FIFA says it’s been hacked again. It revealed on Tuesday that it was hacked earlier this year. The world’s largest soccer governing body didn’t reveal what information was leaked. But we will likely get some idea today, as European media plans to publish stories based on the leaked internal documents. The last time FIFA suffered a data breach, it was very embarrassing. Some players were revealed to have failed drug tests, yet went unpunished. There were even criminal prosecutions related to the leaks, targeting top players and coaches for tax evasion. It’s all the result of cyber criminals succeeding in their phishing attempts targeting FIFA. This organization should be making a point to train its staff on how to identify malicious emails, and to avoid clicking on unknown links or file attachments.
A new Github project contains the recipe for “Pumpkin Pi.” No, not the kind you eat. As Boing Boing explains Yale cyber security lecturers built a Jackolantern using a Raspberry Pi computer and invited their students to hack it. This pumpkin features red and yellow LEDs to simulate candlelight. The students were challenged to turn a green light. By using a tool called “hydra” to brute force the password, they succeeded in gaining access. Maybe next Halloween, you could download the source code and give this exercise a try yourself.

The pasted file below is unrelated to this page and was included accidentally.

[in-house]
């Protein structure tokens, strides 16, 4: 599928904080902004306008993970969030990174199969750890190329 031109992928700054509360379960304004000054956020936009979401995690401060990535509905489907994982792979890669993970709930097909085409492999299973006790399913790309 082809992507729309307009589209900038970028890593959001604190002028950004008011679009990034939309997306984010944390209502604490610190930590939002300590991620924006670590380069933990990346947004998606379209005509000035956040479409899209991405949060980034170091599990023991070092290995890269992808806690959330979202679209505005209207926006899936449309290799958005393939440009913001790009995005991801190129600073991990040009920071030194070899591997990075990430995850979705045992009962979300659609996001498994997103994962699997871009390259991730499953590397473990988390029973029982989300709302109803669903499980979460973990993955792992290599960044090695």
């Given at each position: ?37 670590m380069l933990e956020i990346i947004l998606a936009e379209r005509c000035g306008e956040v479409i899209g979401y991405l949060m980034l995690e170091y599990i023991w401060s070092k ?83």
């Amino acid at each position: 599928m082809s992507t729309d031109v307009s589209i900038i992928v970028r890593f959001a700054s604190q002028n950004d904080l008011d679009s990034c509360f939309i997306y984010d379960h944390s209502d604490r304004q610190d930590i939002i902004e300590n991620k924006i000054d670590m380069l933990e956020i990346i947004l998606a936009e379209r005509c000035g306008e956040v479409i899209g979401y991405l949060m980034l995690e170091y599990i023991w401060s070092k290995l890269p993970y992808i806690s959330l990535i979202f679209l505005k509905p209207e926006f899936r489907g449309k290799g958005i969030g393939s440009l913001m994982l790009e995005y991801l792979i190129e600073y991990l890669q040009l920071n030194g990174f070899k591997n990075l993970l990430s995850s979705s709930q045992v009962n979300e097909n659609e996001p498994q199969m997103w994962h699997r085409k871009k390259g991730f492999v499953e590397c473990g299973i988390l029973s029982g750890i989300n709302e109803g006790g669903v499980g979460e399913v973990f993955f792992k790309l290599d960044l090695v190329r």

It’s election season in the U.S. and Facebook has been promising more transparency around political advertising. That includes telling users who is paying for the ads they see. But Business Insider reports that tool is easily fooled. The publication was able to run ads under the name “Cambridge Analytica,” even though that was banned from Facebook. Vice also says it fooled Facebook’s tool. It was approved to buy ads for U.S. vice-president Mike Pence, the terrorist group ISIS, and 100 different U.S. senators. Facebook has responded by saying that its approach to removing fake ads is both proactive and reactive.